MP: So what was the significance of recording this now? You were on sabbatical for a year; was this the reason for taking the time off? Or, were you approached to do to this project?
JP: That’s a good question. Music and literature have been at war within me for a lot of years, and they kind of came to a truce during the sabbatical, and (when) combined they are greater than the sum of their own parts. And that for me was very useful. And we were rehearsing in the Commodore (hotel), which got us thinking …
MP: And that just recently re-opened. So what you were saying was it was because of the opening of the bar, did the stars all align or were you approached to do a recording?
JP: You’re exactly right, we planned with the Fitzgerald in St. Paul to do the release (of the album) on Fitzgerald’s birthday a year out. It started on his birthday in 2014 (Sept. 24). We discussed the Commodore’s opening, and the album’s release on his next birthday. Luckily, it all panned out.
MP: And there was another connection there with the Fitzgerald, right?
JP: Yes, I guess one walks away with a bigger belief in destiny because one of the members of the board for the Fitzgerald also ended up working on the art design for the album.
MP: Really? Who was that?
JP: Susan Hopp. She runs the business end on the Fitzgerald board, but she also runs the design company 45degrees (45degrees.com), in Minneapolis and her husband, Karl Schweikart, ended up being the main designer. He’s also in a literary band called “The Melvilles.” Karl has also embedded hidden meaning into their album covers. It was just a perfect, happy accident that we ended up with this group.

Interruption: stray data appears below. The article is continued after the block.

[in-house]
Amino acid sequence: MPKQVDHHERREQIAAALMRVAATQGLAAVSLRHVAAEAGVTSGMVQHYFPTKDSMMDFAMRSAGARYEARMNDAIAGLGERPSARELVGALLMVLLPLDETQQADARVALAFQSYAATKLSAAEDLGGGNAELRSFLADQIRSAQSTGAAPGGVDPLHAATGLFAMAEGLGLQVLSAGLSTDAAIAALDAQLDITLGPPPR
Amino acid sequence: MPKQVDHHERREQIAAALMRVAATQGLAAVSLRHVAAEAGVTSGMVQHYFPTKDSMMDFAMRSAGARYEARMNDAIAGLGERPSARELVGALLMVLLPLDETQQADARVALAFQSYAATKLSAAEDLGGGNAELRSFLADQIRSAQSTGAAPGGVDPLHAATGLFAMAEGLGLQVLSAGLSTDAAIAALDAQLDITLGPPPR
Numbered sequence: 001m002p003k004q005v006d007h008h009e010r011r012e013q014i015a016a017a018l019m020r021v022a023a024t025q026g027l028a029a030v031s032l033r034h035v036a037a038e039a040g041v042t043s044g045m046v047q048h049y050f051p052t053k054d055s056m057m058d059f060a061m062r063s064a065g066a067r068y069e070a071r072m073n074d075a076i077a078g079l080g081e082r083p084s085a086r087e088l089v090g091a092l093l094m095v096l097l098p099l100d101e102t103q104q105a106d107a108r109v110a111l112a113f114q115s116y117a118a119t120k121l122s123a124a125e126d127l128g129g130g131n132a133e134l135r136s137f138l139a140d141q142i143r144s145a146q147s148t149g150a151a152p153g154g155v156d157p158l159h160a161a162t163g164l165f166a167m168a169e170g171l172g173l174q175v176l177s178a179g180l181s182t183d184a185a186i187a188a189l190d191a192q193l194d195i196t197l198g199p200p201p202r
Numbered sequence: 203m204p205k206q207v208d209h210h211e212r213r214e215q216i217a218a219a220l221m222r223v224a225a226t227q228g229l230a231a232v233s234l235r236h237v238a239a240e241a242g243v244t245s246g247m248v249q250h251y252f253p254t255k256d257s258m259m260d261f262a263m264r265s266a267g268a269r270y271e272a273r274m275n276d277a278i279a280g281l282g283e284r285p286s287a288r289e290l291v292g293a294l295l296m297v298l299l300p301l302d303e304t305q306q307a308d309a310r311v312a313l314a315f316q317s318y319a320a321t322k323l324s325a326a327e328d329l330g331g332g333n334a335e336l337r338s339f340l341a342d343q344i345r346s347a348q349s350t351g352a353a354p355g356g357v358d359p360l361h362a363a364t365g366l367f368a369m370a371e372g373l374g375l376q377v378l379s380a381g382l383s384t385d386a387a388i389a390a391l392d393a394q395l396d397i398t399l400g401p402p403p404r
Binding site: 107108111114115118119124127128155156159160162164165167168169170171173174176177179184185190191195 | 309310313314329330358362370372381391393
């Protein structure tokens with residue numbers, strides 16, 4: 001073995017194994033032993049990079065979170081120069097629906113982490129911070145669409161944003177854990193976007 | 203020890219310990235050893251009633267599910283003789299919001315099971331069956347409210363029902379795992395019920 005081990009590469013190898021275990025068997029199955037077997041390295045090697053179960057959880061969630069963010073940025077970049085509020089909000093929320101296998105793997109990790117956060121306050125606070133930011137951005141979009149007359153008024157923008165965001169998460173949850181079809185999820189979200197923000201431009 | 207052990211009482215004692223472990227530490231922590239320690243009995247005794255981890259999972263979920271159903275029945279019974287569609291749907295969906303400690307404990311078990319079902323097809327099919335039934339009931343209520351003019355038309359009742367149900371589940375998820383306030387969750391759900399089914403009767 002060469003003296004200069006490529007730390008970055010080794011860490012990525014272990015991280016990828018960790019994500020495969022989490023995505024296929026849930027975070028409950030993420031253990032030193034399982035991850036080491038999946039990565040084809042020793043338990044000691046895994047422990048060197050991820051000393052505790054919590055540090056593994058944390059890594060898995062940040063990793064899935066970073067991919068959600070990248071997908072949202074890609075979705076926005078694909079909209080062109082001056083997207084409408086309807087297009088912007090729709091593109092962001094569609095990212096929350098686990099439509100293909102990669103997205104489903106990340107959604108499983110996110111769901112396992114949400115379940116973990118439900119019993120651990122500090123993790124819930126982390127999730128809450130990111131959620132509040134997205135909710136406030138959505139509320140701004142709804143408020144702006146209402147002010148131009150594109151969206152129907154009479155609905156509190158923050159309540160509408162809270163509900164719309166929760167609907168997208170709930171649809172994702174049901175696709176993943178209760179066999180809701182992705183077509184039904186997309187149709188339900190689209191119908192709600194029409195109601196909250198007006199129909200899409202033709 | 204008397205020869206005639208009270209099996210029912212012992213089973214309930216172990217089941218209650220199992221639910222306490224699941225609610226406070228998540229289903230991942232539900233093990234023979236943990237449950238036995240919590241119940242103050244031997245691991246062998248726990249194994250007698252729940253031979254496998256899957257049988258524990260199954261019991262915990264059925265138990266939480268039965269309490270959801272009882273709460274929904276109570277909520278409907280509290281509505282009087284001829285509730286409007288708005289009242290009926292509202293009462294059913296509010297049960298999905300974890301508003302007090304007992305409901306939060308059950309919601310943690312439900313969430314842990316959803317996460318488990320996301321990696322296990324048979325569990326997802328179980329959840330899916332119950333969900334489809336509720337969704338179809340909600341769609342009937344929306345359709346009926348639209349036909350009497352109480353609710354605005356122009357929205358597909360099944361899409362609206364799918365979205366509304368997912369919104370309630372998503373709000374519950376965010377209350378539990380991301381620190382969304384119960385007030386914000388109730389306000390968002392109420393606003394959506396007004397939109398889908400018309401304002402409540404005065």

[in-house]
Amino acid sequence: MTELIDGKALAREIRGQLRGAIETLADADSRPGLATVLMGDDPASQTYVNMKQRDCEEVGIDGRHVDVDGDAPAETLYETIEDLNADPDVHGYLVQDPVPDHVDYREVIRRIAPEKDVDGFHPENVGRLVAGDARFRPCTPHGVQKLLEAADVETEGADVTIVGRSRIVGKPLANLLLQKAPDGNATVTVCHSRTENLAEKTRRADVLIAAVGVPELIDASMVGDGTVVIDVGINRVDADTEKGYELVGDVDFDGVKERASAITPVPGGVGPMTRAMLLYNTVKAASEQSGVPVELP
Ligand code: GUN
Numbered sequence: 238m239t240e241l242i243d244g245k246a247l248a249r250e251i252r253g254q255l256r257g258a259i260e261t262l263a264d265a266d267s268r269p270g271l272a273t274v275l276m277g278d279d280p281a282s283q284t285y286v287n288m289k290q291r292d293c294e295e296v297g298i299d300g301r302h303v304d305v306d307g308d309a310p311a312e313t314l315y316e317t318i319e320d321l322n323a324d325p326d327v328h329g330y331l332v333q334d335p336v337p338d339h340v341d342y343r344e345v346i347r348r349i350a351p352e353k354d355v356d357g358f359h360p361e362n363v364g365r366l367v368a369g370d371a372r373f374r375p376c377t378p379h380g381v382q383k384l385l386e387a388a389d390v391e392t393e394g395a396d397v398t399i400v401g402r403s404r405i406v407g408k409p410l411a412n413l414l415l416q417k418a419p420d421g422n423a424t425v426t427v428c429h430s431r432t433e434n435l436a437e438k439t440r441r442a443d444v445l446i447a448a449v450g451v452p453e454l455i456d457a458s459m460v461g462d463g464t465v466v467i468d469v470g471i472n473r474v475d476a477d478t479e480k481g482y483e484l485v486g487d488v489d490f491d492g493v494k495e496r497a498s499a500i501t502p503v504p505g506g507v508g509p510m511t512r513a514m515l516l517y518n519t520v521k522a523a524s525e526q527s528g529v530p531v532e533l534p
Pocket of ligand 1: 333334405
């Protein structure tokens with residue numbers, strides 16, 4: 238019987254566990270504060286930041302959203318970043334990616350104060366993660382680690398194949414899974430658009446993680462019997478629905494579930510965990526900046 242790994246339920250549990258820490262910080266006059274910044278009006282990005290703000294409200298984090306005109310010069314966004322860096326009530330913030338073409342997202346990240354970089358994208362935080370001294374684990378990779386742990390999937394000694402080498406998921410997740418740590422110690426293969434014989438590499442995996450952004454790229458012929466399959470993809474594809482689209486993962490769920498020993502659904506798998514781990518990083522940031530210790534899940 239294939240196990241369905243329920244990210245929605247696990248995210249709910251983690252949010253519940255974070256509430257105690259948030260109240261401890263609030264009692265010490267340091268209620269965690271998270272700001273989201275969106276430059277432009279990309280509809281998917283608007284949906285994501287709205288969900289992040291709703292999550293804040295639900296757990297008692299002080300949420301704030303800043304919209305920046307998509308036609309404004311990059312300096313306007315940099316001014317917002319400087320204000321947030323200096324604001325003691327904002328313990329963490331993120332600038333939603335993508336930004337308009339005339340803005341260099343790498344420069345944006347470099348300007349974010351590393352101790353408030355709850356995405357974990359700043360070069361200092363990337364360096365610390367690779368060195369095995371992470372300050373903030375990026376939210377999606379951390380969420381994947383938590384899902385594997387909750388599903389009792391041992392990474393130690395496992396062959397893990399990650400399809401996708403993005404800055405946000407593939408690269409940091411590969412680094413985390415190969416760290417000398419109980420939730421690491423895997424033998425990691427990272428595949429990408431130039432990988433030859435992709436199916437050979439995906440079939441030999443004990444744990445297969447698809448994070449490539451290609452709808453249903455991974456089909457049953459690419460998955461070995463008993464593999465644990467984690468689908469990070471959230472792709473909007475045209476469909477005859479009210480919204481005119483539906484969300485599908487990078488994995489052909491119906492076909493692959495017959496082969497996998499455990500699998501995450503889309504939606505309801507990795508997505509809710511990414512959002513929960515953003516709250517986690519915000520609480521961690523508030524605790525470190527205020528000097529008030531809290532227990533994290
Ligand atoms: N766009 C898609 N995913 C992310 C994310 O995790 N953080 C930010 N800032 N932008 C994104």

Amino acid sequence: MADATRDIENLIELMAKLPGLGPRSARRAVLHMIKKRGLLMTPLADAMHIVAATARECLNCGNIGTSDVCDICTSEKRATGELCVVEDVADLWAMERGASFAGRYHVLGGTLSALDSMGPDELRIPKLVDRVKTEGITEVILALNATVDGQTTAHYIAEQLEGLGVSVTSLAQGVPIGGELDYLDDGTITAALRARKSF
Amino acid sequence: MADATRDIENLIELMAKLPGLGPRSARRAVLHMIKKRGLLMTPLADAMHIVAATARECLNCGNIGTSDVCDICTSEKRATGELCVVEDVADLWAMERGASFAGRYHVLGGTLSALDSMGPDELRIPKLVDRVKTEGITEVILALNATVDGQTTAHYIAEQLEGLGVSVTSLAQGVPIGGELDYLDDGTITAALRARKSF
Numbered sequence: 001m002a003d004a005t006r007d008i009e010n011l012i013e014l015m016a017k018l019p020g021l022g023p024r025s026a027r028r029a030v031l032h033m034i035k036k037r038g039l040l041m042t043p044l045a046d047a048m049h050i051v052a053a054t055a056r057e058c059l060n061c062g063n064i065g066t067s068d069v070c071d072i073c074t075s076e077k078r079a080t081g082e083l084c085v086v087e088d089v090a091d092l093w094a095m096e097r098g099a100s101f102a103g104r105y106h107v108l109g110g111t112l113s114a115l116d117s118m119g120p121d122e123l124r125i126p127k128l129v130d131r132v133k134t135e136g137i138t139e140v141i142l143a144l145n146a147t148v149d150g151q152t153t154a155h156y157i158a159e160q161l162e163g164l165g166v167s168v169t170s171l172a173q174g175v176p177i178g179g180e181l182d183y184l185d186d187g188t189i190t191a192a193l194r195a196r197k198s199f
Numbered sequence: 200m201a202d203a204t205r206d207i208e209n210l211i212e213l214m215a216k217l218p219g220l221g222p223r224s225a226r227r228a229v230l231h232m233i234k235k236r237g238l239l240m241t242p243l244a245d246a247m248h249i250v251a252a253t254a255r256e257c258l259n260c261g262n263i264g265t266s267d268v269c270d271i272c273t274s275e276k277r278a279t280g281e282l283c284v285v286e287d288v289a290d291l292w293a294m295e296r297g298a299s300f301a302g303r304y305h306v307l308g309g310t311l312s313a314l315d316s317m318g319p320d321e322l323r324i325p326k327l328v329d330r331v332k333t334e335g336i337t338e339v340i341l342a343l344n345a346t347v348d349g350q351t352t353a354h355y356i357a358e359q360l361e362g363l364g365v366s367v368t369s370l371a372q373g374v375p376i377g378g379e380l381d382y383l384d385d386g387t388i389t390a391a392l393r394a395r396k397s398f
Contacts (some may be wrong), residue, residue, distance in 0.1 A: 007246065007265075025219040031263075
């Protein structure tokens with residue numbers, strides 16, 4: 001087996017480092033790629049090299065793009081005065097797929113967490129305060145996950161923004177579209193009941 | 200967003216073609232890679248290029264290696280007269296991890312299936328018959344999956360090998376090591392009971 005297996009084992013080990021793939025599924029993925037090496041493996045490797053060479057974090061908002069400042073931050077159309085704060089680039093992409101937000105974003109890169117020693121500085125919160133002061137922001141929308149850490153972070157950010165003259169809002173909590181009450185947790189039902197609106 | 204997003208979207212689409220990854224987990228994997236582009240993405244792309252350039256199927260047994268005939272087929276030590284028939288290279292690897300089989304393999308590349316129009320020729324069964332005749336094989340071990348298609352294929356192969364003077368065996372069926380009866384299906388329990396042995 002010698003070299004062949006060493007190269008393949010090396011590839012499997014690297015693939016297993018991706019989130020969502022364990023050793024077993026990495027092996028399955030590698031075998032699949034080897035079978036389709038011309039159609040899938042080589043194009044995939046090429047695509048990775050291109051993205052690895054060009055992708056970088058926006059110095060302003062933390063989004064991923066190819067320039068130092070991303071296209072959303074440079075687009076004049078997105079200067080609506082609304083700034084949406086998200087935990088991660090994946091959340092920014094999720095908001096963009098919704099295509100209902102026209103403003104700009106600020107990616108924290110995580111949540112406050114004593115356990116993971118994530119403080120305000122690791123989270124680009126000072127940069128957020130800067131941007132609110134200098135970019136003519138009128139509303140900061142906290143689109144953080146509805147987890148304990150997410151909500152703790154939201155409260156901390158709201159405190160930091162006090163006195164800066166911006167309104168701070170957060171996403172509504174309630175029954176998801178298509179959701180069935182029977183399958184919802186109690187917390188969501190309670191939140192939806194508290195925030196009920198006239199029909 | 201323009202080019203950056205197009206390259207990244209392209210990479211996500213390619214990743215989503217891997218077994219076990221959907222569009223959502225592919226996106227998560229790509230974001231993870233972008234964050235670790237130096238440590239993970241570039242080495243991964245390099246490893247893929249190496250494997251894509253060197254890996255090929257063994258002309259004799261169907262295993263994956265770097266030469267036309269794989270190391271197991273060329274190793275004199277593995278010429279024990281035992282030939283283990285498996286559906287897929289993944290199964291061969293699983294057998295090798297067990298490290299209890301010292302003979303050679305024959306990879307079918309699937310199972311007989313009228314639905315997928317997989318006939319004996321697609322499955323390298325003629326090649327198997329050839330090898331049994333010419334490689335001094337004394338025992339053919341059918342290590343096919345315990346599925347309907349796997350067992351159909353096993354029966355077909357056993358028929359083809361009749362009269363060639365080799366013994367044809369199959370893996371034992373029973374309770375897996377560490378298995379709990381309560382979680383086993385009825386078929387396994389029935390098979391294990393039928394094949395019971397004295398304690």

The photographer [of the band], she had started coming to our shows and has been part of the family and part of the organization for a long time. Her name is Lisa Venticinque. And as fate would have it, she has an Italian father from Providence (Rhode Island).
MP: Another East Coast connection.
JP: (laughs) Junior moved from Providence (Rhode Island) to here. There are a lot of Minnesotans in the band; but a lot of us are also “displaced.” Junior is from Jamaica and Providence, couple of guys from Brazil. Me (also from Providence) we magnetized here because of our musical interest and perhaps feeling slightly out of place. That un-familiarization allowed us to take a familiar text like Gatsby and push it geographically.
MP: So you’d say the band is eclectic?
JP: Yep, and those different cultures and geographic locations, give our band that unique sound. Also, because Jamaican music and hip-hop are known for sampling other tunes and remixing them, why don’t we then do that with classic literature?
MP: Baz Luhrmann was on a similar trajectory. Did that play any factor in doing this album?
JP: It was a perfect storm really. Around the century mark, society tends to look back to the prior and examine itself through the lens of the century before. Things like “Boardwalk Empire” and Luhrmann’s film, and looking at the cultures that were marginalized — that was something we wanted to get at.
MP: So what’s next? Is there a future for more things like this? More literature-based concept albums?
JP: I think we’re going to ride this wave for now. We didn’t know that we were working in a genre of music called “Lit-Hop,” so we would like to experiment with a little more
MP: What about Keats?
JP: Keats would be wonderful … Keats and the Beats.
MP: All right, last question. If you could give advice to someone recording their first album, what would you tell them?
JP: That they are the future of where music goes because the music industry has crumbled, it’s all about independent artists and while monolith’s like Taylor Swift will always be there, there will always be a way to swiftly tailor your own custom garments musically. I would tell them as Justin Bernes told us: “Find the song inside of you, no matter how outlandish it may seem, and seek after the art that is in you; because in itself is sacred and price cannot be put upon artwork that is true to what you know.”
Justin Passaro is a Twin Cities freelance writer. “Dred Scott Fitzgerald-A Novella” is available on iTunes, Google Play ($4.99).